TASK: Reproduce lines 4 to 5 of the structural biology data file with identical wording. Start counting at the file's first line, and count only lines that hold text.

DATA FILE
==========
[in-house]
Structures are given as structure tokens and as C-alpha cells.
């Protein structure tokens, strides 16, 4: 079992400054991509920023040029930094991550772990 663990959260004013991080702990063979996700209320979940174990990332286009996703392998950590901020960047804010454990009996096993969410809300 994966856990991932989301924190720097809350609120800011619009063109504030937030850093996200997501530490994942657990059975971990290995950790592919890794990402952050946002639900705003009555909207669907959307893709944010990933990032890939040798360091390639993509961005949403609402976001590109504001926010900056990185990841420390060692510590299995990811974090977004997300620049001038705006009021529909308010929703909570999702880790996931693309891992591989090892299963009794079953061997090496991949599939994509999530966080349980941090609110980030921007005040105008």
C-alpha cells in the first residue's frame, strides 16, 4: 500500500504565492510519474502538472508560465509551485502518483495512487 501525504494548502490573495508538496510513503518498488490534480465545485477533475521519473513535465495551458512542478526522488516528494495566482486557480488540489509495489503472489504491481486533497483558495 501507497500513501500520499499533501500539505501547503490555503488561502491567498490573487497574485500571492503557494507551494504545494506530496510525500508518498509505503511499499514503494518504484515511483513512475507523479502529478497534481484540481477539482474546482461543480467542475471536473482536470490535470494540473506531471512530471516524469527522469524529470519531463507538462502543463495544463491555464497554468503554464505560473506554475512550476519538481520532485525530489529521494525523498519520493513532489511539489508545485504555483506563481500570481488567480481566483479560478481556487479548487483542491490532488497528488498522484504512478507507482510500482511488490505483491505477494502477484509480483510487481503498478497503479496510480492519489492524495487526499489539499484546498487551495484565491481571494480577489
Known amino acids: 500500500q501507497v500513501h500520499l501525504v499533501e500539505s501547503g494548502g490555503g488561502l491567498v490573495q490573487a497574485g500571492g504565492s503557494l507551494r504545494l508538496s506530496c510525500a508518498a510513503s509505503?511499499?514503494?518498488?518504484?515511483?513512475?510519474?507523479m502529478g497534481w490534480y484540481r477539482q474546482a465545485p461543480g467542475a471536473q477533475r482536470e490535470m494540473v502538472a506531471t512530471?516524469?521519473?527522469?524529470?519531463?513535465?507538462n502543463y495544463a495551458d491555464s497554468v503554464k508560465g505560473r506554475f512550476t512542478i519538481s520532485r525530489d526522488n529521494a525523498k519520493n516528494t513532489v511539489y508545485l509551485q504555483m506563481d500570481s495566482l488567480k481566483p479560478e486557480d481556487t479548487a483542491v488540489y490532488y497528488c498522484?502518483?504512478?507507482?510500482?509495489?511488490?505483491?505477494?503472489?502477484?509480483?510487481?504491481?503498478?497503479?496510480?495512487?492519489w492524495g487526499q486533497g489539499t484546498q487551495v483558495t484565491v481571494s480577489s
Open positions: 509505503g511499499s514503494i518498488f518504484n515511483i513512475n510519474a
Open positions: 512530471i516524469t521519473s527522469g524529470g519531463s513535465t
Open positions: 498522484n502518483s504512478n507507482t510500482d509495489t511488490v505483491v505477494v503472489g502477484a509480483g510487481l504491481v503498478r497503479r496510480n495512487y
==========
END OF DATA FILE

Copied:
C-alpha cells in the first residue's frame, strides 16, 4: 500500500504565492510519474502538472508560465509551485502518483495512487 501525504494548502490573495508538496510513503518498488490534480465545485477533475521519473513535465495551458512542478526522488516528494495566482486557480488540489509495489503472489504491481486533497483558495 501507497500513501500520499499533501500539505501547503490555503488561502491567498490573487497574485500571492503557494507551494504545494506530496510525500508518498509505503511499499514503494518504484515511483513512475507523479502529478497534481484540481477539482474546482461543480467542475471536473482536470490535470494540473506531471512530471516524469527522469524529470519531463507538462502543463495544463491555464497554468503554464505560473506554475512550476519538481520532485525530489529521494525523498519520493513532489511539489508545485504555483506563481500570481488567480481566483479560478481556487479548487483542491490532488497528488498522484504512478507507482510500482511488490505483491505477494502477484509480483510487481503498478497503479496510480492519489492524495487526499489539499484546498487551495484565491481571494480577489
Known amino acids: 500500500q501507497v500513501h500520499l501525504v499533501e500539505s501547503g494548502g490555503g488561502l491567498v490573495q490573487a497574485g500571492g504565492s503557494l507551494r504545494l508538496s506530496c510525500a508518498a510513503s509505503?511499499?514503494?518498488?518504484?515511483?513512475?510519474?507523479m502529478g497534481w490534480y484540481r477539482q474546482a465545485p461543480g467542475a471536473q477533475r482536470e490535470m494540473v502538472a506531471t512530471?516524469?521519473?527522469?524529470?519531463?513535465?507538462n502543463y495544463a495551458d491555464s497554468v503554464k508560465g505560473r506554475f512550476t512542478i519538481s520532485r525530489d526522488n529521494a525523498k519520493n516528494t513532489v511539489y508545485l509551485q504555483m506563481d500570481s495566482l488567480k481566483p479560478e486557480d481556487t479548487a483542491v488540489y490532488y497528488c498522484?502518483?504512478?507507482?510500482?509495489?511488490?505483491?505477494?503472489?502477484?509480483?510487481?504491481?503498478?497503479?496510480?495512487?492519489w492524495g487526499q486533497g489539499t484546498q487551495v483558495t484565491v481571494s480577489s